The term “mindset” is getting used a lot these days.  And many writing books start with the advice to keep it foremost in your mind that YOU ARE A WRITER.

In her now classic Harvard commencement speech, J.K. Rowling discusses living in poverty and how she wrote on her lunch break and at cafes.  She explains that she had wanted to pursue writing much earlier, but that her parents wanted her to have a safer vocation.

This is how she described herself as a young woman: “I was convinced that the only thing I wanted to do, ever, was to write novels.”

She took a day job, but she never stopped writing.  Her amazing journey so clearly illustrates that she had a defined vision of herself as a storyteller.

Despite the mundane realities of her life with a dayjob and being an impoverished single parent, she lived a richly different life in her mind.  In her mind, she created stories.  When I toured the Harry Potter movie studios in London last fall, the tour guide shared that J.K. Rowling had often expressed to them that she had seen her own books as movies in her head.  To me, that is further indication that her visualization of creating stories was so clear, that it didn’t stop at books alone but that her stories were movies that she merely captured into books first.

Though her commencement speech doesn’t mention it, she was rejected 10 times when she submitted the first Harry Potter.

Mindset Lessons ==> When you are a storyteller, it doesn’t matter what else you do to earn a living.  When others reject you, stay the course.  Keep writing.

 

Shonda Rhimes

One of the most amazing books I “read” last year (she narrated her autobiography on Audible.com) was The Year of Yes.  Much like J.K. Rowling, Ms. Rhimes knew from an early age that she was meant to be a storyteller.  She sat in the family pantry and made up worlds with the canned goods.

She studied screenwriting at USC, the leading institution for film.  She took a number of day jobs and wrote screenplays.  She spent a decade not having a hit (Britney Spears movie Crossroads, Princess Diaries 2).  But she persevered and continued to write scripts until one day, she wrote Grey’s Anatomy.  Then she wrote Scandal, and How to Get Away with Murder.  Grey’s Anatomy is in its 13th season now.  At one time, all three of her shows were primetime on Thursday night.  She OWNED Thursday night.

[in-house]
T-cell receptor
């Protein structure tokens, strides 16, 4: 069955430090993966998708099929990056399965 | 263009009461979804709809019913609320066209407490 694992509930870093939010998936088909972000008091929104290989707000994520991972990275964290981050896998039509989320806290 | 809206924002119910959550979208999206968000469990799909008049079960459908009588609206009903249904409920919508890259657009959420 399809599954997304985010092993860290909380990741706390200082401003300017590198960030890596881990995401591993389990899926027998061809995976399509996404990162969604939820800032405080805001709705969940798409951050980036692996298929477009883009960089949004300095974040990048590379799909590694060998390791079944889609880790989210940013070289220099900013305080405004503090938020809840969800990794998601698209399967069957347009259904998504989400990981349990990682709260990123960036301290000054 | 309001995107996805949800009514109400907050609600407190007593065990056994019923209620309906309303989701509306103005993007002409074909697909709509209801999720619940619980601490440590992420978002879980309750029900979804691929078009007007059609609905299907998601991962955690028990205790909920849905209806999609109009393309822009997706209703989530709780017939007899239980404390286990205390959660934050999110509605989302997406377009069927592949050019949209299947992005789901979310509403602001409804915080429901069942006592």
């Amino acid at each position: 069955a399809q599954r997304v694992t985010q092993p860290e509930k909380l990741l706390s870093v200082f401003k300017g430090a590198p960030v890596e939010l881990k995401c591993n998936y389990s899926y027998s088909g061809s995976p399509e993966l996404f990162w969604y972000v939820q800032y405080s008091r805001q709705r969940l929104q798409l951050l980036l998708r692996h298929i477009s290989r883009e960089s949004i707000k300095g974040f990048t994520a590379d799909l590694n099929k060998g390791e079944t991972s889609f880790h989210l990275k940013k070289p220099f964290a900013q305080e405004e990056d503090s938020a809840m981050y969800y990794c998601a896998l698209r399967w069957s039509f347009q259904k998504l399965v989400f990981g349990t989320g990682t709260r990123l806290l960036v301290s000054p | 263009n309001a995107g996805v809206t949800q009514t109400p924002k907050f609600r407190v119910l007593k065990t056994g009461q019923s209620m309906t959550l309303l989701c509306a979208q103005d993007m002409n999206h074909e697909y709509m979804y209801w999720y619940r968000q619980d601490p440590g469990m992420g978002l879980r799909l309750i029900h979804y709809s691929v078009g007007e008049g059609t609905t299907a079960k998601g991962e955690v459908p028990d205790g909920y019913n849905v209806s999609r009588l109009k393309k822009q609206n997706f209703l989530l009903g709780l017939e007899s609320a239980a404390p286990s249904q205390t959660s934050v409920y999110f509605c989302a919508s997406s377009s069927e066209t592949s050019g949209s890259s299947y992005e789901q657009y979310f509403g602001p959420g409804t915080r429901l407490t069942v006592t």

Just think, what if she had quit in the first decade?  She started at an Ivy League school, she could have had better paying jobs elsewhere.  But she stayed in Hollywood.  Her mindset was that she was meant to tell stories that would be seen on the screen.

Her production company is named ShondaLand.  I love that. It speaks so clearly about how she had this world inside her and she saw this even though she did not reach commercial success for a decade.

When speaking of the commercially unsuccessful Princess Diaries 2, she said she treasured the opportunity to work with Julie Andrews.

Mindset lesson ==> Build relationships.  She spent a decade in Hollywood, making relationships, improving her craft, and building her network.

Elizabeth Gilbert

Her 2006 memoir, Eat, Pray, Love stayed on the NYT bestseller list for 199 weeks and became a movie.

But she graduated from NYU in 1991, fifteen years earlier and spent that time steadily plugging away at her writing with no big hits or commercial success.  She had day jobs as a cook, bartender, and waitress.

She talks about these jobs in her wonderful book, Big Magic.  She said she used her day job to soak up stories and dialogue from the patrons.  And she continued to write and submit, often getting rejected.

Just like J.K. Rowling and Shonda Rhimes, she continued to work steadily, always writing no matter what else she did to pay the bills.

Mindset lesson ==> Stories are all around you.  Use them in your work even as you do other work.